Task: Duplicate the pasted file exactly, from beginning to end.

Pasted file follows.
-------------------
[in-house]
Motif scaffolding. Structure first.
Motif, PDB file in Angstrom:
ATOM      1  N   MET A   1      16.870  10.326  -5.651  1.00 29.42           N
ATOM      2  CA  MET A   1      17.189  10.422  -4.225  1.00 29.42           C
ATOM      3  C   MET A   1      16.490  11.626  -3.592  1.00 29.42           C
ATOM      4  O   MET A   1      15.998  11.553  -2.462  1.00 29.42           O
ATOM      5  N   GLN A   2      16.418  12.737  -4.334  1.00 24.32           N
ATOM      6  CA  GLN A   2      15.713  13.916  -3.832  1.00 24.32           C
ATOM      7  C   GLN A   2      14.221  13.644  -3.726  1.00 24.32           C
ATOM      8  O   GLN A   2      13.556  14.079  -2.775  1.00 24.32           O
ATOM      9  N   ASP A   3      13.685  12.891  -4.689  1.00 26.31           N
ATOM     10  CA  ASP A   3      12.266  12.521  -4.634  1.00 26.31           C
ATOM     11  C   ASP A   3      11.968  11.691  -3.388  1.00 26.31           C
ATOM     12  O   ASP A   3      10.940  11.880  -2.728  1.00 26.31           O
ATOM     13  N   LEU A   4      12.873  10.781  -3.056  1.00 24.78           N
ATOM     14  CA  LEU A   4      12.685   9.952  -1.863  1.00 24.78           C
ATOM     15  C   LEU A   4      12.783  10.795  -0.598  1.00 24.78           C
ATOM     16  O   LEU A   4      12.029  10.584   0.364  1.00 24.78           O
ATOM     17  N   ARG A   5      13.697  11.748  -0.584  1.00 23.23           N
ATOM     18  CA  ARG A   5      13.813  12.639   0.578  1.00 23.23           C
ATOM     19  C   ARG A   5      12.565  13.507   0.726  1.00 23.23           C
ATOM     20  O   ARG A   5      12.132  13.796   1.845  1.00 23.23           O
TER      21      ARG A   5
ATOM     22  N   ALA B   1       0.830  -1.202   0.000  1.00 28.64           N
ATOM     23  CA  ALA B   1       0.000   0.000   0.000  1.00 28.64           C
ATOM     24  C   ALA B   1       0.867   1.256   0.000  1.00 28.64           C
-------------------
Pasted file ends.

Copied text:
[in-house]
Motif scaffolding. Structure first.
Motif, PDB file in Angstrom:
ATOM      1  N   MET A   1      16.870  10.326  -5.651  1.00 29.42           N
ATOM      2  CA  MET A   1      17.189  10.422  -4.225  1.00 29.42           C
ATOM      3  C   MET A   1      16.490  11.626  -3.592  1.00 29.42           C
ATOM      4  O   MET A   1      15.998  11.553  -2.462  1.00 29.42           O
ATOM      5  N   GLN A   2      16.418  12.737  -4.334  1.00 24.32           N
ATOM      6  CA  GLN A   2      15.713  13.916  -3.832  1.00 24.32           C
ATOM      7  C   GLN A   2      14.221  13.644  -3.726  1.00 24.32           C
ATOM      8  O   GLN A   2      13.556  14.079  -2.775  1.00 24.32           O
ATOM      9  N   ASP A   3      13.685  12.891  -4.689  1.00 26.31           N
ATOM     10  CA  ASP A   3      12.266  12.521  -4.634  1.00 26.31           C
ATOM     11  C   ASP A   3      11.968  11.691  -3.388  1.00 26.31           C
ATOM     12  O   ASP A   3      10.940  11.880  -2.728  1.00 26.31           O
ATOM     13  N   LEU A   4      12.873  10.781  -3.056  1.00 24.78           N
ATOM     14  CA  LEU A   4      12.685   9.952  -1.863  1.00 24.78           C
ATOM     15  C   LEU A   4      12.783  10.795  -0.598  1.00 24.78           C
ATOM     16  O   LEU A   4      12.029  10.584   0.364  1.00 24.78           O
ATOM     17  N   ARG A   5      13.697  11.748  -0.584  1.00 23.23           N
ATOM     18  CA  ARG A   5      13.813  12.639   0.578  1.00 23.23           C
ATOM     19  C   ARG A   5      12.565  13.507   0.726  1.00 23.23           C
ATOM     20  O   ARG A   5      12.132  13.796   1.845  1.00 23.23           O
TER      21      ARG A   5
ATOM     22  N   ALA B   1       0.830  -1.202   0.000  1.00 28.64           N
ATOM     23  CA  ALA B   1       0.000   0.000   0.000  1.00 28.64           C
ATOM     24  C   ALA B   1       0.867   1.256   0.000  1.00 28.64           C